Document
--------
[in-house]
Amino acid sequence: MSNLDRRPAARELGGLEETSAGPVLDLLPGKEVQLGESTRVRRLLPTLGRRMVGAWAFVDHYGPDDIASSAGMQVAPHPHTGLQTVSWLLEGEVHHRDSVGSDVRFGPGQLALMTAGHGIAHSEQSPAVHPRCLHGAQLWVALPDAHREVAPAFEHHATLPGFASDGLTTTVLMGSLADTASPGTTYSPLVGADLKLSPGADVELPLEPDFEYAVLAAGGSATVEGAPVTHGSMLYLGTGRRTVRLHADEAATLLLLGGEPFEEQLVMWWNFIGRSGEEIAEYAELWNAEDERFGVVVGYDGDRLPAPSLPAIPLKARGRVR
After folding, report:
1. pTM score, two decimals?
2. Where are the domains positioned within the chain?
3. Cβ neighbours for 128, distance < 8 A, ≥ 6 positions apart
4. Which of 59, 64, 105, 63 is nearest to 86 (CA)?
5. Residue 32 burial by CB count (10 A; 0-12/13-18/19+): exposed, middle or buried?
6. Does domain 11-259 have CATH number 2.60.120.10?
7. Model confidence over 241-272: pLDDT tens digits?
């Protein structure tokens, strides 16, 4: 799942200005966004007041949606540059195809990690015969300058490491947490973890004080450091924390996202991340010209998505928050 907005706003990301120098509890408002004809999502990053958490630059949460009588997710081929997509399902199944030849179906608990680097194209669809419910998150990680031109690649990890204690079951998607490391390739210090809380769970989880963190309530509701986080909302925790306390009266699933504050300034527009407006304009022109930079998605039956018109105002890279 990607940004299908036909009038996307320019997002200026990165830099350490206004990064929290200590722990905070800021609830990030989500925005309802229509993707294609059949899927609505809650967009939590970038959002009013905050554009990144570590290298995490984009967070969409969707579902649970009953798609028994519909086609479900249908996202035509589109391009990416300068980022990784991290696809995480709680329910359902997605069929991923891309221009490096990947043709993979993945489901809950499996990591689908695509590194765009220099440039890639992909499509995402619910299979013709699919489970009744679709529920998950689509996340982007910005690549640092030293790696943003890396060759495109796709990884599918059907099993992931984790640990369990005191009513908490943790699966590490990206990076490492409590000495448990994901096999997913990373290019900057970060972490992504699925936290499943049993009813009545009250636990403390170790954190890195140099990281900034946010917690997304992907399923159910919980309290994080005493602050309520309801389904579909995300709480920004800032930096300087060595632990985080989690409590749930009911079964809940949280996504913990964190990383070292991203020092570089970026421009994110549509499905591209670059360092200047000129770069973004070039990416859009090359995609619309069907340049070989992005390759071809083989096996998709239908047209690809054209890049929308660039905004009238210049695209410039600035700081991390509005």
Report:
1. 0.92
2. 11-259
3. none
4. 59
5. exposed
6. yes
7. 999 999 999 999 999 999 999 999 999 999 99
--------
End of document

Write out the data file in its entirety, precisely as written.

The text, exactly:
[in-house]
Amino acid sequence: MSNLDRRPAARELGGLEETSAGPVLDLLPGKEVQLGESTRVRRLLPTLGRRMVGAWAFVDHYGPDDIASSAGMQVAPHPHTGLQTVSWLLEGEVHHRDSVGSDVRFGPGQLALMTAGHGIAHSEQSPAVHPRCLHGAQLWVALPDAHREVAPAFEHHATLPGFASDGLTTTVLMGSLADTASPGTTYSPLVGADLKLSPGADVELPLEPDFEYAVLAAGGSATVEGAPVTHGSMLYLGTGRRTVRLHADEAATLLLLGGEPFEEQLVMWWNFIGRSGEEIAEYAELWNAEDERFGVVVGYDGDRLPAPSLPAIPLKARGRVR
After folding, report:
1. pTM score, two decimals?
2. Where are the domains positioned within the chain?
3. Cβ neighbours for 128, distance < 8 A, ≥ 6 positions apart
4. Which of 59, 64, 105, 63 is nearest to 86 (CA)?
5. Residue 32 burial by CB count (10 A; 0-12/13-18/19+): exposed, middle or buried?
6. Does domain 11-259 have CATH number 2.60.120.10?
7. Model confidence over 241-272: pLDDT tens digits?
């Protein structure tokens, strides 16, 4: 799942200005966004007041949606540059195809990690015969300058490491947490973890004080450091924390996202991340010209998505928050 907005706003990301120098509890408002004809999502990053958490630059949460009588997710081929997509399902199944030849179906608990680097194209669809419910998150990680031109690649990890204690079951998607490391390739210090809380769970989880963190309530509701986080909302925790306390009266699933504050300034527009407006304009022109930079998605039956018109105002890279 990607940004299908036909009038996307320019997002200026990165830099350490206004990064929290200590722990905070800021609830990030989500925005309802229509993707294609059949899927609505809650967009939590970038959002009013905050554009990144570590290298995490984009967070969409969707579902649970009953798609028994519909086609479900249908996202035509589109391009990416300068980022990784991290696809995480709680329910359902997605069929991923891309221009490096990947043709993979993945489901809950499996990591689908695509590194765009220099440039890639992909499509995402619910299979013709699919489970009744679709529920998950689509996340982007910005690549640092030293790696943003890396060759495109796709990884599918059907099993992931984790640990369990005191009513908490943790699966590490990206990076490492409590000495448990994901096999997913990373290019900057970060972490992504699925936290499943049993009813009545009250636990403390170790954190890195140099990281900034946010917690997304992907399923159910919980309290994080005493602050309520309801389904579909995300709480920004800032930096300087060595632990985080989690409590749930009911079964809940949280996504913990964190990383070292991203020092570089970026421009994110549509499905591209670059360092200047000129770069973004070039990416859009090359995609619309069907340049070989992005390759071809083989096996998709239908047209690809054209890049929308660039905004009238210049695209410039600035700081991390509005």
Report:
1. 0.92
2. 11-259
3. none
4. 59
5. exposed
6. yes
7. 999 999 999 999 999 999 999 999 999 999 99